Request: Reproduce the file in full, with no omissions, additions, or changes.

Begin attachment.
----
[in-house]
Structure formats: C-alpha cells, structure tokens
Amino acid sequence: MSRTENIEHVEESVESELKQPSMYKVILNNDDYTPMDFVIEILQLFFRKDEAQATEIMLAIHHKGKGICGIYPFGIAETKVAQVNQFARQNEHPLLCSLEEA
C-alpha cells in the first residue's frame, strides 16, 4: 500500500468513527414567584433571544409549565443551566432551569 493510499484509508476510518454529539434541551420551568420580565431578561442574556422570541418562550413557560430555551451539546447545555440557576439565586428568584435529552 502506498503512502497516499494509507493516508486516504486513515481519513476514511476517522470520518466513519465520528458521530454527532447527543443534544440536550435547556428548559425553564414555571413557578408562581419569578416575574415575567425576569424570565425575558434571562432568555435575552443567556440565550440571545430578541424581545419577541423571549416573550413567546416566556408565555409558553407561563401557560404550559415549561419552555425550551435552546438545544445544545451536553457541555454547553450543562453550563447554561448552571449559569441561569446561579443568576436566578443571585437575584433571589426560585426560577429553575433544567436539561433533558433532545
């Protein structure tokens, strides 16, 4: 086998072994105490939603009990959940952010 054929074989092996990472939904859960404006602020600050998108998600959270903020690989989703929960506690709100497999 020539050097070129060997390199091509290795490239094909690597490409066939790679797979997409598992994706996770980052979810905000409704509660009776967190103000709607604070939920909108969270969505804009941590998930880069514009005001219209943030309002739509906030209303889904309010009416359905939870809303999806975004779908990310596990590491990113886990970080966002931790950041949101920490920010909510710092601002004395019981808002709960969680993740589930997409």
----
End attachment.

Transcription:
[in-house]
Structure formats: C-alpha cells, structure tokens
Amino acid sequence: MSRTENIEHVEESVESELKQPSMYKVILNNDDYTPMDFVIEILQLFFRKDEAQATEIMLAIHHKGKGICGIYPFGIAETKVAQVNQFARQNEHPLLCSLEEA
C-alpha cells in the first residue's frame, strides 16, 4: 500500500468513527414567584433571544409549565443551566432551569 493510499484509508476510518454529539434541551420551568420580565431578561442574556422570541418562550413557560430555551451539546447545555440557576439565586428568584435529552 502506498503512502497516499494509507493516508486516504486513515481519513476514511476517522470520518466513519465520528458521530454527532447527543443534544440536550435547556428548559425553564414555571413557578408562581419569578416575574415575567425576569424570565425575558434571562432568555435575552443567556440565550440571545430578541424581545419577541423571549416573550413567546416566556408565555409558553407561563401557560404550559415549561419552555425550551435552546438545544445544545451536553457541555454547553450543562453550563447554561448552571449559569441561569446561579443568576436566578443571585437575584433571589426560585426560577429553575433544567436539561433533558433532545
């Protein structure tokens, strides 16, 4: 086998072994105490939603009990959940952010 054929074989092996990472939904859960404006602020600050998108998600959270903020690989989703929960506690709100497999 020539050097070129060997390199091509290795490239094909690597490409066939790679797979997409598992994706996770980052979810905000409704509660009776967190103000709607604070939920909108969270969505804009941590998930880069514009005001219209943030309002739509906030209303889904309010009416359905939870809303999806975004779908990310596990590491990113886990970080966002931790950041949101920490920010909510710092601002004395019981808002709960969680993740589930997409």